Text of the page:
Page 94

She narrowed her eyes. “You must be going somewhere with this, but I don’t see where.”

“Have you ever seen guns in Artemis? Other than the one you have in your desk, I mean?”

She shook her head. “No.”

“How about hard drugs? Heroin? Opium? That sort of thing?”

“Not at any scale,” she said. “Sometimes Rudy catches a tourist with a personal stash but it’s rare.”

“Ever wonder why that shit doesn’t get into town?” I pointed to my chest. “Because I don’t let it. No drugs, no guns. And I have a bunch of other rules too. I keep flammables to a minimum. And no live plants. Last thing we need is some weird mold infestation.”

“Yes, you’re very ethical, but—”

“What happens when I’m gone?” I asked. “Do you think smuggling will just stop? No. There’ll be a short power vacuum then someone else will take over. No idea who. But will they be as civic-minded as me? Probably not.”

She raised an eyebrow.

I pressed on. “This city’s about to have a ZAFO boom. There’s going to be jobs galore, construction, and an influx of workers. There’ll be new customers for every business in town. New companies will open to keep up with the demand. The population will spike. You’ve already got estimates, right?”

She peered at me for a moment. “I think we’ll have ten thousand people within the year.”

“There ya go,” I said. “More people means more demand for contraband. Thousands of people who might want drugs. Shitloads of money flying around, which means more crime. Those criminals will want guns. They’ll try to sneak them in through whatever smuggling system and black market is in place. What kind of city do you want Artemis to be?”

She pinched her chin. “That’s…a very good point.”

“All right. So, you have my confession. That’ll keep me from getting out of line. Checks and balances and all that.”

She thought about this for an uncomfortably long time. Without breaking eye contact, she pulled the deportation order off her desk and put it in a drawer. I sighed in relief.

“We still have the problem of punishment, though…” She leaned forward to her antiquated keyboard computer and began typing. She ran her finger along the screen. “According to this, your account balance is 585,966 slugs.”


“I thought Lene paid you a million.”

“How did you kno—never mind. I paid off a debt recently. Why is this relevant?”

“I think some restitution is in order. A fine, if you will.”

“What?!” I sat bolt-upright. “Artemis doesn’t have fines!”

“Call it a ‘voluntary contribution to the city’s funds.’?”

“There’s nothing ‘voluntary’ about it!”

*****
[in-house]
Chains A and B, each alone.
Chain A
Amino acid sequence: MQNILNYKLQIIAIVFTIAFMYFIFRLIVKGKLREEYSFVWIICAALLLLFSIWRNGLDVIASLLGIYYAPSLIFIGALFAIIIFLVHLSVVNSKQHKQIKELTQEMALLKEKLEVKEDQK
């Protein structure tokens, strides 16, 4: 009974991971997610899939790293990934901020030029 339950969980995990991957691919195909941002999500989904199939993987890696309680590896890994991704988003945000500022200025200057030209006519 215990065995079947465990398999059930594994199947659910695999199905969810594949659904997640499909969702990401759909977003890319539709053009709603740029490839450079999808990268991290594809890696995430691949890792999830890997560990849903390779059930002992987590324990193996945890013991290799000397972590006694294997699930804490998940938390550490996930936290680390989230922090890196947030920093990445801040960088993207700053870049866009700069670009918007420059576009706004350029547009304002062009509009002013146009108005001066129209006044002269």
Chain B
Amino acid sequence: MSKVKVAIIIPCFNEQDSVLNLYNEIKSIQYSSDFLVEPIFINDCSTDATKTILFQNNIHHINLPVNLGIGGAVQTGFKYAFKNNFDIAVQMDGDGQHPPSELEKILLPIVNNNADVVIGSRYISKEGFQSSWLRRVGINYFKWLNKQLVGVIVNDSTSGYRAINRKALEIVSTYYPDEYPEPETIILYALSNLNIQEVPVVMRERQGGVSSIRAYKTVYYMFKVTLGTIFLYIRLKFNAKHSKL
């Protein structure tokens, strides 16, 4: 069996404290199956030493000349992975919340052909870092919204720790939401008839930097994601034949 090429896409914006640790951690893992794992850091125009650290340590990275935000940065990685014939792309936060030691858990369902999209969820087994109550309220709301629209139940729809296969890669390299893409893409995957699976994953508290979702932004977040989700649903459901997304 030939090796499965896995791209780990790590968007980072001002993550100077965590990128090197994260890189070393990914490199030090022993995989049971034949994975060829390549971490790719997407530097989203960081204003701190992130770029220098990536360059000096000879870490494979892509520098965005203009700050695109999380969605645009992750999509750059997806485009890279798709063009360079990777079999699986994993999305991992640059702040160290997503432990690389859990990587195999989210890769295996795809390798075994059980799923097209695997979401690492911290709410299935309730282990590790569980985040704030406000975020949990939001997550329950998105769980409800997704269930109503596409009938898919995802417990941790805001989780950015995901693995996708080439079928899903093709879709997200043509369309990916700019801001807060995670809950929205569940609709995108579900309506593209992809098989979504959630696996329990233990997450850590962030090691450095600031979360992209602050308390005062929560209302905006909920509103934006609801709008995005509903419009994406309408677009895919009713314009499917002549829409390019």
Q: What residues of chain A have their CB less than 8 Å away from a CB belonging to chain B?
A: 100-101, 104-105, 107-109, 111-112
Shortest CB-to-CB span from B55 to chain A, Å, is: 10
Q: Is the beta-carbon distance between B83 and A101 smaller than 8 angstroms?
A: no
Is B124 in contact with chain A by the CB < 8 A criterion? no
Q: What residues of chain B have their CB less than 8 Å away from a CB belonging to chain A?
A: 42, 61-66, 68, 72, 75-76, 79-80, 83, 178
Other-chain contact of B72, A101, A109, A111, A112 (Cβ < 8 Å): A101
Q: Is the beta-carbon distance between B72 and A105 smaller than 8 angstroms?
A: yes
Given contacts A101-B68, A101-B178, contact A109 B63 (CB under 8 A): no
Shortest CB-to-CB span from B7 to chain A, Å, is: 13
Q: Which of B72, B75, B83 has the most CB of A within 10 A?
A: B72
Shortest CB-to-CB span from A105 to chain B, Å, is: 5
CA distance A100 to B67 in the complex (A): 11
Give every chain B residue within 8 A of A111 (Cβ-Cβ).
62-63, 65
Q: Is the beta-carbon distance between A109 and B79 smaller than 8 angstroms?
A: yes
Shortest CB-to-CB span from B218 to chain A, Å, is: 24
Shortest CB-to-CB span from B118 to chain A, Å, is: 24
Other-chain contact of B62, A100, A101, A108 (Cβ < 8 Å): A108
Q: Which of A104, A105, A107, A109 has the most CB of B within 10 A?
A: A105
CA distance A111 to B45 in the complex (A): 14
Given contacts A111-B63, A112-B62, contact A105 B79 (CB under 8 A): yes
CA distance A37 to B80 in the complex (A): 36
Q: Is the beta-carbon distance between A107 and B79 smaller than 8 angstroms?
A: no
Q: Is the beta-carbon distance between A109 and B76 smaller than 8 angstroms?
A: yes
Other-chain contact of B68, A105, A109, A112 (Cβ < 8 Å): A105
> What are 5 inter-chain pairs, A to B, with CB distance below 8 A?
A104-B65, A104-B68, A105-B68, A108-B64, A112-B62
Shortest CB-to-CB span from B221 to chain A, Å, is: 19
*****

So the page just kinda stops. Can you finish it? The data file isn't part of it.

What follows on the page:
“Sure there is.” She settled back into her chair. “You can keep all your money and get deported instead.”

Ugh. Well, this was a win for me. I could always make more money, but I couldn’t get un-deported. And she had a point. If she didn’t punish me, any asshole could do what I did and expect to get away with it. I’d have to take a slap on the wrist. “Okay. How much?”

“Five hundred fifty thousand slugs should cover it.”

I gasped. “Are you fucking kidding me?!”

She smirked. “It’s like you said. I need you to control smuggling. If you have a bunch of money, you might retire. And then where would I be? It’s best to keep you hungry.”

Logically I came out way ahead. I’d cleared my conscience. But still, the prospect of my account balance going from six digits to five physically hurt.

“Oh!” She smiled with a realization. “And thanks for volunteering yourself as Artemis’s unpaid, unofficial, import regulatory body. Of course, I’ll hold you responsible for any dangerous contraband in town, regardless of how it got here. So, if some other smuggler crops up and lets guns or drugs in, you can expect a chat with me.”

I stared blankly. She stared back.

“I’ll expect that slug transfer by the end of the day,” she said.

My bluster was completely gone. I stood from the chair and walked over to the door. When I reached for the door handle, I paused.

“What’s the endgame here?” I asked. “Once the ZAFO companies start up, what happens then?”

“The next big step is taxes.”

“Taxes?” I snorted. “People come here because they don’t want to pay taxes.”

“They already pay taxes—as rent to KSC. We need to change over to a property-ownership and tax model so the city’s wealth is directly tied to the economy. But that’s not for a while.”

She took off her glasses. “It’s all part of the life-cycle of an economy. First it’s lawless capitalism until that starts to impede growth. Next comes regulation, law enforcement, and taxes. After that: public benefits and entitlements. Then, finally, overexpenditure and collapse.”

“Wait. Collapse?”

“Yes, collapse. An economy is a living thing. It’s born full of vitality and dies once it’s rigid and worn out. Then, through necessity, people break into smaller economic groups and the cycle begins anew, but with more economies. Baby economies, like Artemis is right now.”

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